What Is A Union?
Simply put, a union is an organized group of workers who join together to collectively use their strength in order to have a voice and influence in their workplace. Through a union, workers have a right to impact many different aspects of their workplace, including wages, work hours, benefits, job training, workplace safety, and more. With a union's support, you can expect a more equitable, fair, and respectful workplace. The struggle to achieve this is why workers organize.
America's history is full of union activity. All of the benefits and protections that workers enjoy today have come about because of organized labor's efforts, including minimum wage, the eight-hour workday, overtime pay, social security payments, the Americans with Disabilities Act, the Occupational Safety and Health Act, and more.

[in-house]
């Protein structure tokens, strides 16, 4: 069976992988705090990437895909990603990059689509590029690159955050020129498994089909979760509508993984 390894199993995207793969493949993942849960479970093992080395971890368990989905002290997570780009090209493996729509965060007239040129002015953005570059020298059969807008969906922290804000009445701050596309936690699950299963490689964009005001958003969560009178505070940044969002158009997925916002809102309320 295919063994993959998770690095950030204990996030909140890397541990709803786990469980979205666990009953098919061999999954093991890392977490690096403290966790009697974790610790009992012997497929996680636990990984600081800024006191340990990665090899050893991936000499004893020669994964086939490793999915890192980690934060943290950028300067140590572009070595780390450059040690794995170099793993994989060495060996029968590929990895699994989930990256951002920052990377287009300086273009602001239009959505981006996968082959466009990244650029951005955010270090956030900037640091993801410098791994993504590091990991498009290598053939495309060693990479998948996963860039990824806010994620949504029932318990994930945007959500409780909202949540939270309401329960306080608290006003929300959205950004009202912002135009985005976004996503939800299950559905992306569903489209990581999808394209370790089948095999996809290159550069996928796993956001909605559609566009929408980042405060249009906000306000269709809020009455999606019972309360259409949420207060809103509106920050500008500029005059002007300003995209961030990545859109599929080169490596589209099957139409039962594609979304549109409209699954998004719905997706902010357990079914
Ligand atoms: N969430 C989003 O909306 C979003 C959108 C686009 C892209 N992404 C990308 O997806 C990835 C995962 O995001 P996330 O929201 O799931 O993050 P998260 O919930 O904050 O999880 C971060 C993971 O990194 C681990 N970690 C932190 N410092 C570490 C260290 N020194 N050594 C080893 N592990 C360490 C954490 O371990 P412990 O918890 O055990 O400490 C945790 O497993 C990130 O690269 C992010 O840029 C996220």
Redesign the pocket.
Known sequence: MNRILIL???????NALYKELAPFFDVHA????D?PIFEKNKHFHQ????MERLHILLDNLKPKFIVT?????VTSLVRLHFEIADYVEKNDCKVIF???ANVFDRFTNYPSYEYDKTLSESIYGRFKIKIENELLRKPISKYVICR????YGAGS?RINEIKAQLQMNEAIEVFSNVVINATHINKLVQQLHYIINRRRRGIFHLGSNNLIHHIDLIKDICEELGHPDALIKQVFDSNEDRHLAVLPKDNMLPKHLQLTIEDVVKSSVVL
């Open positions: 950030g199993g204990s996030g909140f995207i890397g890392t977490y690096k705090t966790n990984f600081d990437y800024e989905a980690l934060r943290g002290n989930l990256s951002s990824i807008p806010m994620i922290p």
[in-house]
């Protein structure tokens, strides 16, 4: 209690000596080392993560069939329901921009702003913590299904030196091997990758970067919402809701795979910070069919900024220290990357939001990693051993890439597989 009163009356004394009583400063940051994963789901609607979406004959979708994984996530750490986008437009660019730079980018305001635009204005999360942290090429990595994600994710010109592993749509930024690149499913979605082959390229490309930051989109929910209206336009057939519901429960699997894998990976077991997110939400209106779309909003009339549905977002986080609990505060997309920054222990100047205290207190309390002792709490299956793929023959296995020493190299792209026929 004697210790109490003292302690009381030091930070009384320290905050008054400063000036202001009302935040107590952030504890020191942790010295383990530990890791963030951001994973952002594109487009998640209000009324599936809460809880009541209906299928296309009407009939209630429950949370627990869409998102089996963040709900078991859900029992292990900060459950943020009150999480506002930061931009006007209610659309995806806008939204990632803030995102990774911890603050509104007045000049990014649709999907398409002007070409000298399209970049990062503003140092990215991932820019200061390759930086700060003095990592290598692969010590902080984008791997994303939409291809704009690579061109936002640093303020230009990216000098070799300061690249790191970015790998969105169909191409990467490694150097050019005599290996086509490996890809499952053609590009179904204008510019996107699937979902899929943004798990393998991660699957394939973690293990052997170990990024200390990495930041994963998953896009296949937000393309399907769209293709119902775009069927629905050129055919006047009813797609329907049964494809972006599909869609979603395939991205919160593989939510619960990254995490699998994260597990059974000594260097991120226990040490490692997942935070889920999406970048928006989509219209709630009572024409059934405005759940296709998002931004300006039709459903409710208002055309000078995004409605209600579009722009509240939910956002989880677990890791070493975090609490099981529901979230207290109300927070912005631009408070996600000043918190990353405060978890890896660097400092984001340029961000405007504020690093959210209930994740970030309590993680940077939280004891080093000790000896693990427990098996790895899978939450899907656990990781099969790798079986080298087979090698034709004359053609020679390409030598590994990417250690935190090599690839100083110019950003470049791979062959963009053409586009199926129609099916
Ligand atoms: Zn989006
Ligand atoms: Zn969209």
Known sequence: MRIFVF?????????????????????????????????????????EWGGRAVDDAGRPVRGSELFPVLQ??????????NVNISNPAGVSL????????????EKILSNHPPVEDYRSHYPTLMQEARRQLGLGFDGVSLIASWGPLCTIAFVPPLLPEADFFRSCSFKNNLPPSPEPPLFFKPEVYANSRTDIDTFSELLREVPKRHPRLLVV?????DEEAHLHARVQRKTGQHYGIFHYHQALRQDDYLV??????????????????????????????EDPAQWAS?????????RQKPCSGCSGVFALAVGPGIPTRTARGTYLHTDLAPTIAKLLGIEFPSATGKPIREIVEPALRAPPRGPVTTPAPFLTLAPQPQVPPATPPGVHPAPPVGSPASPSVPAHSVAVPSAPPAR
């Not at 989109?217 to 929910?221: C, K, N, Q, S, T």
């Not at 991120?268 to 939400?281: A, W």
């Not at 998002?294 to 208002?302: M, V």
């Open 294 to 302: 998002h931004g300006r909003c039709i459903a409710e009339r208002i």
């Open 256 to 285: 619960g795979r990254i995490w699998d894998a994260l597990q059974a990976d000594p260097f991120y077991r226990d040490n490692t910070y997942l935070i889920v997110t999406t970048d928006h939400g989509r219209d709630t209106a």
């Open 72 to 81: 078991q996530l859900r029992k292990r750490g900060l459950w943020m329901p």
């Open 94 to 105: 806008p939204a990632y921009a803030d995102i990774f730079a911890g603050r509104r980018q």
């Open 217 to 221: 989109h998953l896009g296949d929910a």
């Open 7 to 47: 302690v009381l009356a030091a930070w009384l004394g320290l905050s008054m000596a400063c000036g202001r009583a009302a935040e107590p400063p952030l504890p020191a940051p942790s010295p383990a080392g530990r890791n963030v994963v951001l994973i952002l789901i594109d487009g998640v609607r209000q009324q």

Why Do I Need A Union?
A union gives every member a voice in their workplace. Without an organized labor force, management is free to treat workers as they wish. This often leads to worker exploitation. Union members enjoy higher wages – in fact, union workers' wages are 30% higher than nonunion workers'. Unions help with retirement, too. Of nonunion workers, only 14% have a guaranteed pension; 68% of union workers do. Union workers have more and better healthcare coverage, stable work environments, and a sense of agency in their day-to-day lives.